I love to sit out on my balcony. We have created a lovely little oasis out there of plants and flowers nestled among soft vanilla and citronella scented candles. It’s a peaceful place to sit any time of day but mostly in the afternoon and evening when the Sun has moved to the other side of the building and the soft indirect light eliminates bright green grass and fluffy full trees.
With fewer cars on the road these days, wildlife emerges occasionally – raccoons and dear venture out to reclaim their native landscape. There are so many beautiful birds in this area, and I have gotten accustomed to their many different voices and songs. Whereas those dulcet tones had simply been a part of the BGM of my living experience in the past, I find myself tuning into the subtle communications more than ever before thanks to the diminished distractions.
Listening to the birds today, I became aware of the nuances of their communication with each other – six chirps in a row followed by a longer vocalization. Three chirps followed by one chirp and then another. I like to imagine the birds are communicating things like “Hey look over here, there’s food” or “Hey watch out, that little black cat is on the road again” or even “There’s a squirrel in my tree, help me” or even “I love you family.” I wonder which of them is sending out communications of love and safety and which are sending requests for love and safety. I guess I believe that all birds speak bird on some level to help eachother meet their needs. Even though their songs sound different, they have an instinctive knowing what those sounds mean and share an intuitive understanding across the species in their neighborhood. The different birds may not be able to decrypt distinctions of other individual bird languages, but I believe they get the gist. This would be very efficient for nature in terms of survival in an ecosystem – to generalize because it’s safer than not.
In the same way, we humans also generalize cross culturally. It’s efficient. It’s safer than not. And in doing so, we get the gist of the “oh no” and the “help me” and we generally know what “I love you” and “please love me” sounds like without being experts in other languages. In generalizing, like those birds, we also likely miss some of the more subtle communications among our own species. But they are there – artful expressions that are actually requests for love or requests for safety; communications of love and gestures of safety. Broadcasts of love toward others, broadcasts of alert for the benefit and safety of others are imbedded in our verbal and physical communications. We miss them because of our filter for how we see ourselves, the world and others. We miss them, because of our need to protect ourselves from hurt and pain. We miss them because we judge the song shrill or loud. We dismiss them because we want, no, expect them to be communicated in our native tongue. But they are there. As clear and resonate as the bird song.
Right now, your family, your friends, the world is reaching out with offers of love and safety while simultaneously crying out for love and safety. Listen, really listen. It is there. The communications of love and gestures of safety are easy to spot. The direct requests may not be as obvious, after all over the years, many requests have been met with resistance or dismissal, so they may now be cleverly cloaked in indirect clever jargon. Yet, now more than ever, when we are enjoying an exclusive opportunity to connect with those closest to us, we have the gift time to study the nuances of the communication. We have been granted the gift of time to observe the unique expressions of love and safety and notice the nuances in the cries for love and safety to help meet needs better than ever before; to appreciate the gestures of love and safety and the cries for love and safety embedded in foreign tongue. The question is, are you listening? Or are you waiting to hear it in your own tongue before you respond?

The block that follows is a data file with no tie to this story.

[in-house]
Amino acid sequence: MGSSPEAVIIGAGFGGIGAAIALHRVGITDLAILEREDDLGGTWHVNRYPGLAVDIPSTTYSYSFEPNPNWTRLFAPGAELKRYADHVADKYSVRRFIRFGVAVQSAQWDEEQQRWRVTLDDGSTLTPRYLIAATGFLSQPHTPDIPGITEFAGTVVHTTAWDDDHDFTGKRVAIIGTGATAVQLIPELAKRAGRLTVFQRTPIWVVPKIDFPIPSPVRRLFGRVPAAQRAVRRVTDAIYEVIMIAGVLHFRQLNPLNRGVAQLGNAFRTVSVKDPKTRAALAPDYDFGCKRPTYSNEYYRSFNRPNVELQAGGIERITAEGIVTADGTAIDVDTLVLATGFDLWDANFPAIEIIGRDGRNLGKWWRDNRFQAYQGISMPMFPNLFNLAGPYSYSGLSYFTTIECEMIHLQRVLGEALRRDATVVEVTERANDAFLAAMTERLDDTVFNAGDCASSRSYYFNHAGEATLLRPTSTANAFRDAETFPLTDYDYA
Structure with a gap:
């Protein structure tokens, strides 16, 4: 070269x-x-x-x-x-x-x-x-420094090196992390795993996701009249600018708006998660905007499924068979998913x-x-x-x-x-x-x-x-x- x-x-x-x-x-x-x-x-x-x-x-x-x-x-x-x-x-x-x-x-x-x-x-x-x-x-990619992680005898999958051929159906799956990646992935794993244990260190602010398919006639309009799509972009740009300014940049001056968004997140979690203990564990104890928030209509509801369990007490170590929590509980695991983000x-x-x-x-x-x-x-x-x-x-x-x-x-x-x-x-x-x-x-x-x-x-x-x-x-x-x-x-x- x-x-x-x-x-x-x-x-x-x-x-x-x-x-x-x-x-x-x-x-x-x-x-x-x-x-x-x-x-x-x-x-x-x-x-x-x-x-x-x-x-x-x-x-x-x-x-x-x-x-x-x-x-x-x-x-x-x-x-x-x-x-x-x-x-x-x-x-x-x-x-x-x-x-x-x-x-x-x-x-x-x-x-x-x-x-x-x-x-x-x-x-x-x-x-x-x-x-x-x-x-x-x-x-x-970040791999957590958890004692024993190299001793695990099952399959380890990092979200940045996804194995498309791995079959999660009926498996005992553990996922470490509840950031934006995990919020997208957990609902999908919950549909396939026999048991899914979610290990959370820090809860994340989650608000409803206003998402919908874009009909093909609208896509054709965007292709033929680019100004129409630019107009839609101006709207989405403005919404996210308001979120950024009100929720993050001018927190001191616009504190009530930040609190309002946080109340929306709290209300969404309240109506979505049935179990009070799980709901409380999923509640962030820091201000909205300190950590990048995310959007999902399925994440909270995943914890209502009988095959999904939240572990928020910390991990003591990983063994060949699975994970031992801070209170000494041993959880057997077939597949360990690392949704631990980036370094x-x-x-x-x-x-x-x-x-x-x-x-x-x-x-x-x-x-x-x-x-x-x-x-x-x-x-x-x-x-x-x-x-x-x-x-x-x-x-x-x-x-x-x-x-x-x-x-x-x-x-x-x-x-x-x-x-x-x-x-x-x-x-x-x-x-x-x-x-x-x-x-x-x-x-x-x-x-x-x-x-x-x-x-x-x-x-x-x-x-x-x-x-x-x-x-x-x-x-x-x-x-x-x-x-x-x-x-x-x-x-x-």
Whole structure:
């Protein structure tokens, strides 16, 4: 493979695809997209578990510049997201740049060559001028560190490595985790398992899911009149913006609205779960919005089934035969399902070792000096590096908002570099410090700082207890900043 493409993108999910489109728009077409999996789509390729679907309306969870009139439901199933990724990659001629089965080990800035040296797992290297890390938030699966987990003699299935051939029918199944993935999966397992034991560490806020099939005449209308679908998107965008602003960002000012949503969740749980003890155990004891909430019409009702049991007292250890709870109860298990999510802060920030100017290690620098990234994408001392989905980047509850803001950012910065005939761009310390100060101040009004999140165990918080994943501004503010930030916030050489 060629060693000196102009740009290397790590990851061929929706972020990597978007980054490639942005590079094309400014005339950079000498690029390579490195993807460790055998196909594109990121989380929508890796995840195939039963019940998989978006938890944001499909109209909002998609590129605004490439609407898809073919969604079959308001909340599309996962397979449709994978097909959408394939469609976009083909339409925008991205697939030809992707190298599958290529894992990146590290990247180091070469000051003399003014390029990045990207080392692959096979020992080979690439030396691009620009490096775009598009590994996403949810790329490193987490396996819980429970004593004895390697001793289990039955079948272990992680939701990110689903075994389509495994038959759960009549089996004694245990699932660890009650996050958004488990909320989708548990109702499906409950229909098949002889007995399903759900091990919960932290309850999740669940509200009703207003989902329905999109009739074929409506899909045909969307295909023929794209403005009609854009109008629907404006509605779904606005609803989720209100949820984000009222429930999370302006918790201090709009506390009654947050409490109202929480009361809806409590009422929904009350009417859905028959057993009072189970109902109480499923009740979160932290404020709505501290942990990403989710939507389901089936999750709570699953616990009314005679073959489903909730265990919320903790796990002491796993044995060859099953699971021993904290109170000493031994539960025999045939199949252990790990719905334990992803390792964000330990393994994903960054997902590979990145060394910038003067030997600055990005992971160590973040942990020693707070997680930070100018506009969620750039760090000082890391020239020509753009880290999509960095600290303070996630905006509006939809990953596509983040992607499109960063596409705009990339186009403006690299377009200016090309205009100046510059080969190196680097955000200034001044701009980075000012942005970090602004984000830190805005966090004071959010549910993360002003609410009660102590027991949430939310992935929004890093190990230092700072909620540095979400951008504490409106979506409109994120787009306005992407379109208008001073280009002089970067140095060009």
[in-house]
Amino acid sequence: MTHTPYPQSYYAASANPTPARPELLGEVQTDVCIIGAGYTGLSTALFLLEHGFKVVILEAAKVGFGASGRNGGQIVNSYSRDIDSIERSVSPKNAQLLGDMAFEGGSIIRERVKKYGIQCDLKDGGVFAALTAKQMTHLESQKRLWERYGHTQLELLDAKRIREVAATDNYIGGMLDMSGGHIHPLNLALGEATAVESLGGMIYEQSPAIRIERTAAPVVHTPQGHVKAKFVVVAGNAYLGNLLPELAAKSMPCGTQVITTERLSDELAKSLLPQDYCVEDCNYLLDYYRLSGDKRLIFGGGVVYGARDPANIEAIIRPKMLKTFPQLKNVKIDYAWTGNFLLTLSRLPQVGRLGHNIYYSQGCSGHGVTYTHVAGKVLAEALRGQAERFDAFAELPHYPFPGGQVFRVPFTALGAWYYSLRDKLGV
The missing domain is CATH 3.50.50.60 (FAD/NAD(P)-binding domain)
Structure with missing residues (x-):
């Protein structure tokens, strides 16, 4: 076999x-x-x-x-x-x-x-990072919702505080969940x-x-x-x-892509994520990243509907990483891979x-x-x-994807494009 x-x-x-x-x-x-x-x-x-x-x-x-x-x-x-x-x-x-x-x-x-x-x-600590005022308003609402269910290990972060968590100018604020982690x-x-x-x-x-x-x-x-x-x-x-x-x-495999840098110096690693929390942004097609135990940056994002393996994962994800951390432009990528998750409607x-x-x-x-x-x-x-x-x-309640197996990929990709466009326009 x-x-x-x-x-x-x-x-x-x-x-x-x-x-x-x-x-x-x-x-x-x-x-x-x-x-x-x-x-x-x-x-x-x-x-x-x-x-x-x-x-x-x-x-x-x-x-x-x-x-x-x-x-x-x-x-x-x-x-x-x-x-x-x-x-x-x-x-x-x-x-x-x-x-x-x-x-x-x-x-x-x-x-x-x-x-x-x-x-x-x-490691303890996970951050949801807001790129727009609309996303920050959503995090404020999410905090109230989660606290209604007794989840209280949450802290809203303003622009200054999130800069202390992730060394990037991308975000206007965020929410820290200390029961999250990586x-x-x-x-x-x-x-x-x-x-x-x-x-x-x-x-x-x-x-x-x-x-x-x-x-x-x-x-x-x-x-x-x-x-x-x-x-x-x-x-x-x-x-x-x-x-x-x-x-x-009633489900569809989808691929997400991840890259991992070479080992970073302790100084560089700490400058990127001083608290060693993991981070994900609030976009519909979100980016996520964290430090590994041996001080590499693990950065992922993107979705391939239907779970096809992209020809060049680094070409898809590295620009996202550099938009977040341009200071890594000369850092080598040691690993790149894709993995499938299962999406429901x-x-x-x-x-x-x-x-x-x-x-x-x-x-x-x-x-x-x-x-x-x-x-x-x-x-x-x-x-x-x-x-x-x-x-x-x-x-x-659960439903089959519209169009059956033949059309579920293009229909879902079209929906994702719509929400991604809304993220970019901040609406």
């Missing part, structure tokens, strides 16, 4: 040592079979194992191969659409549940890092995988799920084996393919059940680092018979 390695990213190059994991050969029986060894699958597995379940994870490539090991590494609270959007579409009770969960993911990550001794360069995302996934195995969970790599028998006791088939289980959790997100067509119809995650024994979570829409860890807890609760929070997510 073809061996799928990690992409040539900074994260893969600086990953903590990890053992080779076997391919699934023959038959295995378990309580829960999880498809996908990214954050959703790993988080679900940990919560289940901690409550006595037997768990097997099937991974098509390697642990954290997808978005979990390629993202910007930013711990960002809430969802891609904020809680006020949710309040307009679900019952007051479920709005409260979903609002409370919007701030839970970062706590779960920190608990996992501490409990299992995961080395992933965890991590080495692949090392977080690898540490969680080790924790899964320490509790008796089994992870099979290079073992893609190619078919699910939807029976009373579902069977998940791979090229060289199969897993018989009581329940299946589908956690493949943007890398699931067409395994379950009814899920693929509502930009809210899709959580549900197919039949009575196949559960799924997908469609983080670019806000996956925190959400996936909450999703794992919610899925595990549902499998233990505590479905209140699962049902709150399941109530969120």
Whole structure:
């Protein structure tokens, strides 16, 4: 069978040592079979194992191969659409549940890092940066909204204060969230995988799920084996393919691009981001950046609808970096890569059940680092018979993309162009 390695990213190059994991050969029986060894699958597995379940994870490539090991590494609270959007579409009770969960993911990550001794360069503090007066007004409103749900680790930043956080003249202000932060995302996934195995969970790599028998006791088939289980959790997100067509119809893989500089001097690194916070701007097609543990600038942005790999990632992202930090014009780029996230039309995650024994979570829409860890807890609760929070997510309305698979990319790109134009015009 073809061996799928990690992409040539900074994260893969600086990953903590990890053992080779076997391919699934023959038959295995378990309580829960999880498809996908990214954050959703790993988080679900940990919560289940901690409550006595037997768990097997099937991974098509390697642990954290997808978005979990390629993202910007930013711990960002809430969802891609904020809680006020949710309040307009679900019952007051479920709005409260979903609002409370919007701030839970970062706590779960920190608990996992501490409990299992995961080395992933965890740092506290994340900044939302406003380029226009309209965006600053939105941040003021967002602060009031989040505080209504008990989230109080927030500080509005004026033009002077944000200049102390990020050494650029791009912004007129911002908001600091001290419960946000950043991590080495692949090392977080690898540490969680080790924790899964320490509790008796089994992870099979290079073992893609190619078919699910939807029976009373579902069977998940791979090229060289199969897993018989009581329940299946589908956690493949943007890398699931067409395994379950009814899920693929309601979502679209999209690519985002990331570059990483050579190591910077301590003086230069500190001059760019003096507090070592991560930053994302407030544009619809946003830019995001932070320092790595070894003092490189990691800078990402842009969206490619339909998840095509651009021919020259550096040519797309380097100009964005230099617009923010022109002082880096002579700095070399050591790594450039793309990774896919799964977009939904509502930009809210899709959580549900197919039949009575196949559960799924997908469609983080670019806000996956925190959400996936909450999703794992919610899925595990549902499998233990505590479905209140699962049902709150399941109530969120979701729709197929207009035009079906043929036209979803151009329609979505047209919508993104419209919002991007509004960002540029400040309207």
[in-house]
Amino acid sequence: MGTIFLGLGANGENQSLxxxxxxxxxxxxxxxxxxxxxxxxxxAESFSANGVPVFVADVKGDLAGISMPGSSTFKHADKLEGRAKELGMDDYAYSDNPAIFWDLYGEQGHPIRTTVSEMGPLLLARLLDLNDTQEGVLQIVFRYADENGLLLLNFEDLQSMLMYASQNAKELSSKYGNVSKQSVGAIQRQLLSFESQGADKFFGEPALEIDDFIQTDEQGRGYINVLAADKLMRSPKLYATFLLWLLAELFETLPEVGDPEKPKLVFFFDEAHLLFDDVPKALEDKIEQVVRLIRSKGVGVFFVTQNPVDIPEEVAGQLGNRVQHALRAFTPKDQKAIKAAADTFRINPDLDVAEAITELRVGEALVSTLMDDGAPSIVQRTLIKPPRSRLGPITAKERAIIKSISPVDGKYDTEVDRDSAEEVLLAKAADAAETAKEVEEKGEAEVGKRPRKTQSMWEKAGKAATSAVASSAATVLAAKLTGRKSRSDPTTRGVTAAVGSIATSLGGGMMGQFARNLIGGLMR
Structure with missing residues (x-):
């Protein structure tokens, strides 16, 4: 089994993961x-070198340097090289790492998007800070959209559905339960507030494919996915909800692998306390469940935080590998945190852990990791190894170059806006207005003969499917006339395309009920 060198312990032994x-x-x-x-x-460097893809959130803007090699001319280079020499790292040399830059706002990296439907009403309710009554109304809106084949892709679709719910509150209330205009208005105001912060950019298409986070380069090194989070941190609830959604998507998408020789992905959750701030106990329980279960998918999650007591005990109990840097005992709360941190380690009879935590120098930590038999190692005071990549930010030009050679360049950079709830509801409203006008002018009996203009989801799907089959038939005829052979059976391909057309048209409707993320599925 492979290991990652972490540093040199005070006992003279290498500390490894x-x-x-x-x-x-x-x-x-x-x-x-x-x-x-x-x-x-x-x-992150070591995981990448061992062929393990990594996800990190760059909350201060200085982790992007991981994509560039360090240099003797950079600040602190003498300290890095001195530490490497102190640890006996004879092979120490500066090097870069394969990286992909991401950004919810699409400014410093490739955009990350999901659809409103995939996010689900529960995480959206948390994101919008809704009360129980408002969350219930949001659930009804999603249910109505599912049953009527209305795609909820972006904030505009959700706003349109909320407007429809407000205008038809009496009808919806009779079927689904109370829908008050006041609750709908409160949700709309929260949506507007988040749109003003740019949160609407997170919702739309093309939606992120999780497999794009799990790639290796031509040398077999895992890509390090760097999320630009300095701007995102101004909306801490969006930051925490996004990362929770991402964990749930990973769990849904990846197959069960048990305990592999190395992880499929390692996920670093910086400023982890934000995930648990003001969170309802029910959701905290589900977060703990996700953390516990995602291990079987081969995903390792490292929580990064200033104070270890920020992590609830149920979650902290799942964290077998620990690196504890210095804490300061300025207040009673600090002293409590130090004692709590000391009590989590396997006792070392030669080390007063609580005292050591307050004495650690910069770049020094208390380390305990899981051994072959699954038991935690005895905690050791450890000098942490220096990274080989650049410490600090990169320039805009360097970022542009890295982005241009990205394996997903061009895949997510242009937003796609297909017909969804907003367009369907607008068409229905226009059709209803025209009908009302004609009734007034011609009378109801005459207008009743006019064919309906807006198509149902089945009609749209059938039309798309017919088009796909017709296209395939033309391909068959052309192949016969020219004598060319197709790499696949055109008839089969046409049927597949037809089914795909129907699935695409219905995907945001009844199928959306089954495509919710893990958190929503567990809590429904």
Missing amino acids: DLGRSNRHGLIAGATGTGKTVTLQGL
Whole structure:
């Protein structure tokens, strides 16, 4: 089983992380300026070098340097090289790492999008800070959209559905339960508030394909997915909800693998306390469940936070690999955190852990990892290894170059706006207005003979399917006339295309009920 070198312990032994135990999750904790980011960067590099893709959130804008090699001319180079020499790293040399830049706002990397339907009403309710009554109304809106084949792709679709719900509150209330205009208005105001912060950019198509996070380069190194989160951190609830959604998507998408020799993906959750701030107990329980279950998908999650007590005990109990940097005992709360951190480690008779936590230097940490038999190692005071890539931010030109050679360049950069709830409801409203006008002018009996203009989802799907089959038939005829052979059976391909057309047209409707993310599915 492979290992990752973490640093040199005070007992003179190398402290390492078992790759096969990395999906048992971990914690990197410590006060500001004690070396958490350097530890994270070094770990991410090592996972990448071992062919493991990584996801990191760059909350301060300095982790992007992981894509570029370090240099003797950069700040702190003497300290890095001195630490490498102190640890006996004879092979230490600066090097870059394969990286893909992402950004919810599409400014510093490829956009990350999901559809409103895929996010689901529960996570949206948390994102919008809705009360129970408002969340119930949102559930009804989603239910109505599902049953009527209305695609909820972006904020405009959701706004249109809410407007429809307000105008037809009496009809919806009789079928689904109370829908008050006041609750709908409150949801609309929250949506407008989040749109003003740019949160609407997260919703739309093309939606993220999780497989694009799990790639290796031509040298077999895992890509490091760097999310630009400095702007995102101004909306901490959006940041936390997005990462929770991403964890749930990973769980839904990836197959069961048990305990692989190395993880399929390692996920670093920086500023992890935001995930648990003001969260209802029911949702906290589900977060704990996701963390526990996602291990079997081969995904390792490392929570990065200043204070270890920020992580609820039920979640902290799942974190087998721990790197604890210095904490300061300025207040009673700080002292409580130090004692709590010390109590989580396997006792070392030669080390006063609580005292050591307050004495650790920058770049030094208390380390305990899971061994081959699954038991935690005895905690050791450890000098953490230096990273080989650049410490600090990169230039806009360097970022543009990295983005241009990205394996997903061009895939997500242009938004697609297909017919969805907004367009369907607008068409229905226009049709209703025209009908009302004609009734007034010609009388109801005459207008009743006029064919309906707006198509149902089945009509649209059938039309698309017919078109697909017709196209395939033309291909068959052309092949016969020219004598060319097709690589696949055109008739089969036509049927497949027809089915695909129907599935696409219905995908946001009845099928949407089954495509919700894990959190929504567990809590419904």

Chances are, if you are not considering communication from this angle, you are missing this dance we are doing to meet our needs and you will find listening hard. But it’s only hard because it’s new. And new becomes familiar, and then it becomes easy and with repetition, it becomes a habit.
So, in your interactions with others, before you respond or react, breathe and ask in your mind what is this person communicating? What need might they be meeting? To provide for another or to be provided for? Listen and observe. If you had to put someone’s communication with you in one of four buckets, what would you hear?
Is this a request for love?
Is this a request for safety?
Is this an offer of love?
Is this an offer for my safety?
If those were the only choices you had, and you put aside for the moment, the notion that it was an attack, how would you respond? You would likely do what the birds do…call out and rally your resources to help others meet their needs.
Meeting the needs of the world starts with helping those closest to you meet their needs. And appreciating communication in a new way is almost certain to model a new way of being in the ecosystem where you live that circles back to become more of what you too want to see in others and puts you in greater service to the world. And as the saying goes, “put your air mask on before you adjust the masks of those around you.” So too is learning the nuances of your own song. It is not only fair, but necessary. So this week consider:
What are some of the direct and indirect ways I cry out for love?
What are some of the direct and indirect ways I cry out for safety?
What are some of the direct and indirect ways I offer love?
What are some of the direct and indirect ways I offer safety?
You may just find that your song has been just as cryptic to those in your nest as theirs has been to you.